Now, this can be a really great way to isolate certain parts of your scene. So again, I'm going to go ahead and just Show Hidden. Now, remember, all of this works just in the Viewport; it doesn't render. So if we want things not to render, we actually have a column for that as well, and that's this far right column where you have all of these cameras. So if I were to turn these off, that means the objects themselves won't render. So if I turn off the Chairs, hit F12 to Render, you'll see that the Chairs don't render, even though they're showing in the Viewport.

Now, this can be used very effectively to isolate certain parts of your scene. If you wanted to render certain parts and leave other parts unrendered, you can do that. It's a great way to do a simple type of render layers functionality. There's a lot of things that you can do with this Render option here. So I am going to go ahead and turn those back on. Now, the last one is this middle column, and this basically just turns selection on or off. In other words, it restricts me from selecting the object.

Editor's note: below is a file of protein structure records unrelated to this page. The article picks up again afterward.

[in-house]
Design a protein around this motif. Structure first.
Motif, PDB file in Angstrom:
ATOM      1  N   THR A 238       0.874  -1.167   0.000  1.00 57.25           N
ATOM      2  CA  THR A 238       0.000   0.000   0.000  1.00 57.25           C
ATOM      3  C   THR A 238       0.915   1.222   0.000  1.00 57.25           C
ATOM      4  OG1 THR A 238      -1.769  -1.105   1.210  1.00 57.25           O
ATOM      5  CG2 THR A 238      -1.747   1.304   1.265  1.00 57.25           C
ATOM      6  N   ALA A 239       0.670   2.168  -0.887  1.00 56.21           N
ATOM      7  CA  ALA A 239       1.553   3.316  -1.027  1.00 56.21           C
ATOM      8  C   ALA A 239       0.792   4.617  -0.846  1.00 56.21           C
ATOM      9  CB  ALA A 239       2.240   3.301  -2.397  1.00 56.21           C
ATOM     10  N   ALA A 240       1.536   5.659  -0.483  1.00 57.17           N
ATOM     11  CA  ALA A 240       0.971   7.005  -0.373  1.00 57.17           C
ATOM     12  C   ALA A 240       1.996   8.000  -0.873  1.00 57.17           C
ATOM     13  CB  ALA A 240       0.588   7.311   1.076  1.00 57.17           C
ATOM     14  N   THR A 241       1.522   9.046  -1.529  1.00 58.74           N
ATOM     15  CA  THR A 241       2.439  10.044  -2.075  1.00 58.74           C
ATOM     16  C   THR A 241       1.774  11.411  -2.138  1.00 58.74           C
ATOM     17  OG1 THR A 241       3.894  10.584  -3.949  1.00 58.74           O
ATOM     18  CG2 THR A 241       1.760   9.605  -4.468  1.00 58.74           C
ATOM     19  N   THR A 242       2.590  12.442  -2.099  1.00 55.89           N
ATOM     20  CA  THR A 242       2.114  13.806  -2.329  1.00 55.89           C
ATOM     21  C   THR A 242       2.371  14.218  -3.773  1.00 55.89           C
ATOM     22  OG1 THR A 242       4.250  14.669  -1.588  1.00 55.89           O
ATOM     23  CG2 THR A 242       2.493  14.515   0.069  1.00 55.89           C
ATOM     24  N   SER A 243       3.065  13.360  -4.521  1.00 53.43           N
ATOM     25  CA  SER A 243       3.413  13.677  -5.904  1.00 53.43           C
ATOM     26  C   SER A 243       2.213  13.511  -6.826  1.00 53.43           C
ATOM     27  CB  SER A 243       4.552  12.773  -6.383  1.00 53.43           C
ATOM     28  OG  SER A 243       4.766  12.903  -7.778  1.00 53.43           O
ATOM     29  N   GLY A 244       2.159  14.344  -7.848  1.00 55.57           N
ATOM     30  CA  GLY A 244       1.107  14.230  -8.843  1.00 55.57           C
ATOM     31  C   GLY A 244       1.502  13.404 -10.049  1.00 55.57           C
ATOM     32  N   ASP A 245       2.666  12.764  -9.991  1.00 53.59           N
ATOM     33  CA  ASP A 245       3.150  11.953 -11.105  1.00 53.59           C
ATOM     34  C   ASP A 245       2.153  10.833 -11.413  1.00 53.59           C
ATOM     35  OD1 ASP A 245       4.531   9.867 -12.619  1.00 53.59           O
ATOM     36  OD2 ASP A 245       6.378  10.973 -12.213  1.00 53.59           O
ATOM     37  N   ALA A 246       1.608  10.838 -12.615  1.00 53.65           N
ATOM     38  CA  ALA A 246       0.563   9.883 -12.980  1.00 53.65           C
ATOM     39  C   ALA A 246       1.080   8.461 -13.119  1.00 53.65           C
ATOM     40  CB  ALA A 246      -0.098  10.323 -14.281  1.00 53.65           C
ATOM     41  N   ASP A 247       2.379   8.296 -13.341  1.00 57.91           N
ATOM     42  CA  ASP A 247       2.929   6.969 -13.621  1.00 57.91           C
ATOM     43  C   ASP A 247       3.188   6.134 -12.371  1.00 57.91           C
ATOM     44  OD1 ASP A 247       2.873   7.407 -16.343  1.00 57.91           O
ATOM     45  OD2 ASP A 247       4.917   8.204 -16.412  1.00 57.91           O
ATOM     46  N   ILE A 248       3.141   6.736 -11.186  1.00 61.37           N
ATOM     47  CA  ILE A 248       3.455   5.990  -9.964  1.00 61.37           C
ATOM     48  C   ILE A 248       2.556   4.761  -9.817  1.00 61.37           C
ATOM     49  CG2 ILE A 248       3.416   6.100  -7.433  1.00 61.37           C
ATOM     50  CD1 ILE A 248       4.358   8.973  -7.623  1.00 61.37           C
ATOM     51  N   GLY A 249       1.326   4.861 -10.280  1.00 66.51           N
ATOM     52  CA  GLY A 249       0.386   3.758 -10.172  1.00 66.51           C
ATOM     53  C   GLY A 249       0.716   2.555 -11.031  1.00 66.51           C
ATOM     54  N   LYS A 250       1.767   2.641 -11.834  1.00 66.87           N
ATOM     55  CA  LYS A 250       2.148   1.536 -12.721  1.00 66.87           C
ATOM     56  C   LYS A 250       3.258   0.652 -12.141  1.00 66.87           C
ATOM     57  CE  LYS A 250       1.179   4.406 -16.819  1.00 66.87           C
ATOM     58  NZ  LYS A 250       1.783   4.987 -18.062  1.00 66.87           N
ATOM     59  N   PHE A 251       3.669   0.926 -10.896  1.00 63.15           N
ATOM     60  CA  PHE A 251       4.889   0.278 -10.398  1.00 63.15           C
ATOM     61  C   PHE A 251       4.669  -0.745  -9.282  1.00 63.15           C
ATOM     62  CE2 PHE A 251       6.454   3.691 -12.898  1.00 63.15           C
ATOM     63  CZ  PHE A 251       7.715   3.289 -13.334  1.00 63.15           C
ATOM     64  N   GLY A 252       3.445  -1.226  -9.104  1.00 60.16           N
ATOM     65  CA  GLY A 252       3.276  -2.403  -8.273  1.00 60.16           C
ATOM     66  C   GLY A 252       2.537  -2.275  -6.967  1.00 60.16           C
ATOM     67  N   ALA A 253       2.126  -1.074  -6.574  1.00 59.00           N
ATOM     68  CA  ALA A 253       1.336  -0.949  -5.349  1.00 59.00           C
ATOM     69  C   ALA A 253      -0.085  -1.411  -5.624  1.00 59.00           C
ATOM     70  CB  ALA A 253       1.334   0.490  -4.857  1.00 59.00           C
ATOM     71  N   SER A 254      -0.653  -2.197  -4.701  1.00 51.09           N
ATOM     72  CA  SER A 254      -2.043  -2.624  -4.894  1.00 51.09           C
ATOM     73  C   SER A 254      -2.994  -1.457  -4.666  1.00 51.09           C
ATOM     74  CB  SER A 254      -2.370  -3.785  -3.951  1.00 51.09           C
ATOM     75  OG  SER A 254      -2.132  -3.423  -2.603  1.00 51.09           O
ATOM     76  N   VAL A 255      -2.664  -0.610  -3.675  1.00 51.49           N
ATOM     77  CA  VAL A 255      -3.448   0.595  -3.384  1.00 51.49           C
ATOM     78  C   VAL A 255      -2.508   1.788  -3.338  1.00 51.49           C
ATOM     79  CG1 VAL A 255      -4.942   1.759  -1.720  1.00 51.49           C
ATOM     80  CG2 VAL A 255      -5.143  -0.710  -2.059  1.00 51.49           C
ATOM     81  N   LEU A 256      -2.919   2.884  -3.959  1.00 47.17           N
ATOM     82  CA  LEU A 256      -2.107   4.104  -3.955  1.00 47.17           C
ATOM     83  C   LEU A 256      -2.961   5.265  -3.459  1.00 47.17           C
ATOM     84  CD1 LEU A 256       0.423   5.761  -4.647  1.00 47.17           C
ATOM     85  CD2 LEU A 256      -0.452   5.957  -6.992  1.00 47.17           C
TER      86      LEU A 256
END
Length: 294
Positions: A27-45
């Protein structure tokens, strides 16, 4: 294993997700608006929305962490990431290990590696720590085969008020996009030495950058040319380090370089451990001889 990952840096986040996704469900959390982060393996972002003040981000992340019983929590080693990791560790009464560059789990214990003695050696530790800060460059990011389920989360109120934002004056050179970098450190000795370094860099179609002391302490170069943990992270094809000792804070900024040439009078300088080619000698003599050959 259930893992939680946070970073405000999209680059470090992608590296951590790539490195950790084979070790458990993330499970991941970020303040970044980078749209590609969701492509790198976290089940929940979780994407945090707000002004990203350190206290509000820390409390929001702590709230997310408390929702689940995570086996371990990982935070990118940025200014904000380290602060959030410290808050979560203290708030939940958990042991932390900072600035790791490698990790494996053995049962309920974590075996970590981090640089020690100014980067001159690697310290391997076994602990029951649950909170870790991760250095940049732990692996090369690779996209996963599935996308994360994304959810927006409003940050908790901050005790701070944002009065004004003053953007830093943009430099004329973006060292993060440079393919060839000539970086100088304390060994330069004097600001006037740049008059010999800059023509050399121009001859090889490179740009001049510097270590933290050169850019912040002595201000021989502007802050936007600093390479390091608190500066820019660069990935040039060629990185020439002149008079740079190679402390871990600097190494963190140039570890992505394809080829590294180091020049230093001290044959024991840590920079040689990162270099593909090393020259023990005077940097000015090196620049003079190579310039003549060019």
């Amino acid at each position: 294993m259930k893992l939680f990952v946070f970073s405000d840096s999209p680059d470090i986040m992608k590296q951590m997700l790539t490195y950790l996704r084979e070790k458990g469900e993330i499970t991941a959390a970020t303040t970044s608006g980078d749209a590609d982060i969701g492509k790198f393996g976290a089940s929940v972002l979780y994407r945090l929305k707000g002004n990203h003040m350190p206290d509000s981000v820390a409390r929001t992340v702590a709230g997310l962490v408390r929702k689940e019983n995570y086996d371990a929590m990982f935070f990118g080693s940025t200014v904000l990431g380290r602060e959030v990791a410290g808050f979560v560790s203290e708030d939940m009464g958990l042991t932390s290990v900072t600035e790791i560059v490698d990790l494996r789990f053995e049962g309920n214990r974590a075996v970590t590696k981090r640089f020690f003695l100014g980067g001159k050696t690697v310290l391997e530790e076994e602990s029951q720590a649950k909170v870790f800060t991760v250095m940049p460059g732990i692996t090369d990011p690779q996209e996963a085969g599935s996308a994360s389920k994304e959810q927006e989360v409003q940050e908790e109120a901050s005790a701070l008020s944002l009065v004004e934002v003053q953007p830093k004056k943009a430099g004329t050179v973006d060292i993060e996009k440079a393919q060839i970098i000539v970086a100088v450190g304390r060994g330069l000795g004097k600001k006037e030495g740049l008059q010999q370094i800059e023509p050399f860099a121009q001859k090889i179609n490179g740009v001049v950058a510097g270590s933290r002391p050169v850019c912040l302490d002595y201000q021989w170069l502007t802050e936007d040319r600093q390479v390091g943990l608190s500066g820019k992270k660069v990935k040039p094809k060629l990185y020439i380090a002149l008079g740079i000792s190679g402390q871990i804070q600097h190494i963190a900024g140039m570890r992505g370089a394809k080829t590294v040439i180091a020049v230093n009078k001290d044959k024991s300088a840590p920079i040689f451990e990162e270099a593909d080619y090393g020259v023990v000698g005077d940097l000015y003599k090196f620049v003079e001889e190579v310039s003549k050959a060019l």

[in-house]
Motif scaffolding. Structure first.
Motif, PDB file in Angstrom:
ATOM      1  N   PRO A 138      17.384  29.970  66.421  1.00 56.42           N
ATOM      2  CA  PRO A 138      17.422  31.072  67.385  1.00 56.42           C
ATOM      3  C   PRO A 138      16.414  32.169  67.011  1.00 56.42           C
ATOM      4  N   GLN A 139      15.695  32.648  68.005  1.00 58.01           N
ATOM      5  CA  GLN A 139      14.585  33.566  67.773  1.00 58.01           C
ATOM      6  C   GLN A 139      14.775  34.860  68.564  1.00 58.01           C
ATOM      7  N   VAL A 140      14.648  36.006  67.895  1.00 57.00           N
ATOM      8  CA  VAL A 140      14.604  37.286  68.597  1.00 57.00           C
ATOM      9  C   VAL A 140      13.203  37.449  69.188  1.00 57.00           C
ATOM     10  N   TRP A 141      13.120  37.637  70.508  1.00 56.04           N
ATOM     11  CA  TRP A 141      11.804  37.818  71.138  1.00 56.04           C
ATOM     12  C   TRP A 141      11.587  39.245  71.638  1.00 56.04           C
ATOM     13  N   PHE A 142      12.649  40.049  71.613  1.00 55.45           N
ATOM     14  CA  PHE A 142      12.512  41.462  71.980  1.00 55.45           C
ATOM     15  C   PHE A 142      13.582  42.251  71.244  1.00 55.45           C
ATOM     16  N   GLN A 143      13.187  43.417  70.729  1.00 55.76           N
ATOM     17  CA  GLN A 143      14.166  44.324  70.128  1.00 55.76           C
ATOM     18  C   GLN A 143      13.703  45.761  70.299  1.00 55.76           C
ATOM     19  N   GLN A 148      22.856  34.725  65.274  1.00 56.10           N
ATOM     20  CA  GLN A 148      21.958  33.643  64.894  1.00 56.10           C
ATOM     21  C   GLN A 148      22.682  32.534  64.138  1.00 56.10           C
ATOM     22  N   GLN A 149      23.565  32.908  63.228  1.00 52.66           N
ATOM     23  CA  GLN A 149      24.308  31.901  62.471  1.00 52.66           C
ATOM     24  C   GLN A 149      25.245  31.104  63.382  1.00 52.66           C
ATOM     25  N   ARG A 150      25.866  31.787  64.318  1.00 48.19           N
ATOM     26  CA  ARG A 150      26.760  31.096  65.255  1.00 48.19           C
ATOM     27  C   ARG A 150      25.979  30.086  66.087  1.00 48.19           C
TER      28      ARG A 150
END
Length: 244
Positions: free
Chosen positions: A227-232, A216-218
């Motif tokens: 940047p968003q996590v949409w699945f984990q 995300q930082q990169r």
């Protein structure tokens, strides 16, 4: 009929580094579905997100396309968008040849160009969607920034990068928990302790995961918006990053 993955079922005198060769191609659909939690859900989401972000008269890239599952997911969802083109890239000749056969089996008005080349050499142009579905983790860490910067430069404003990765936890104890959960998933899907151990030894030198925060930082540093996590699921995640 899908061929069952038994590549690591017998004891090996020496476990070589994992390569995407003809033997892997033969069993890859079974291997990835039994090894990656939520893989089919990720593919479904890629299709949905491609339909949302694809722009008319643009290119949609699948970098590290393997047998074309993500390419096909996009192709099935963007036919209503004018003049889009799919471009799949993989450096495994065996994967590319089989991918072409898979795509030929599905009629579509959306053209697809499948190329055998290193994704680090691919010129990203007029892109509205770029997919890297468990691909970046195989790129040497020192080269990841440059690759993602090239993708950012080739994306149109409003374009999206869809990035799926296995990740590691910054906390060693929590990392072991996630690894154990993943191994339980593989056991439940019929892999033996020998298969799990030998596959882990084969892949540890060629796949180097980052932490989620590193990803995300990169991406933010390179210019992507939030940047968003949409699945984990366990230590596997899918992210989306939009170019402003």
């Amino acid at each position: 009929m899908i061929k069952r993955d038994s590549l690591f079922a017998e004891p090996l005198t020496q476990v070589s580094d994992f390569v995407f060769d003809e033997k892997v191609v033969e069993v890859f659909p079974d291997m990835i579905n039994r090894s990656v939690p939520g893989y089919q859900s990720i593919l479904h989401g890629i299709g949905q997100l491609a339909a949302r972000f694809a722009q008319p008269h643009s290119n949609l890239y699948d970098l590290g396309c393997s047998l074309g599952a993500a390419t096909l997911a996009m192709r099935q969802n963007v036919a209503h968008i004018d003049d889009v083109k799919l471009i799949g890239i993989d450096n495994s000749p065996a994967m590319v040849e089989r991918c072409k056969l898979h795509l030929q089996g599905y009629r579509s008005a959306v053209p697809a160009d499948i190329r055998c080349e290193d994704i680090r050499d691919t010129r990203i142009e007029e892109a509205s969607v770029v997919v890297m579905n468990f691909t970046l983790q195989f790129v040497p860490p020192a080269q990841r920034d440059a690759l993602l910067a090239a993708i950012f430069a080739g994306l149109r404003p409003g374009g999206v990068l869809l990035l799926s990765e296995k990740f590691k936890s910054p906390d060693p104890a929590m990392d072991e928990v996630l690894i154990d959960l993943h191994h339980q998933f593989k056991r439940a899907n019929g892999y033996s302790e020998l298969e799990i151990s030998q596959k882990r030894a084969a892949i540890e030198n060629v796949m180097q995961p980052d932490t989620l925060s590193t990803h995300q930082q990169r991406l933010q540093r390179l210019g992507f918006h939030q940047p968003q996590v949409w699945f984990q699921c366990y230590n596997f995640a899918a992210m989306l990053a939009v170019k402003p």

So if I were to click off the selection for the Chairs, I could select the Table, I could select the Floor, but when I click over the Chairs, I can't select them. If I were to hit A to Select All, it selects everything here. In fact, you can see it here, all of these options have little circles around them, which means they are all selected except for the Chairs. So that's, again, another great way to control your scene and keep it organized.

If there is an object there and you really don't need to select it, just go ahead and turn it off here and that way you won't be accidentally selecting the wrong thing every time. So those are some of the basics of the Outliner, and we'll continue to go deeper into the Outliner as we work our way through the course, but hopefully this will give you a much clearer view of how the Outliner works.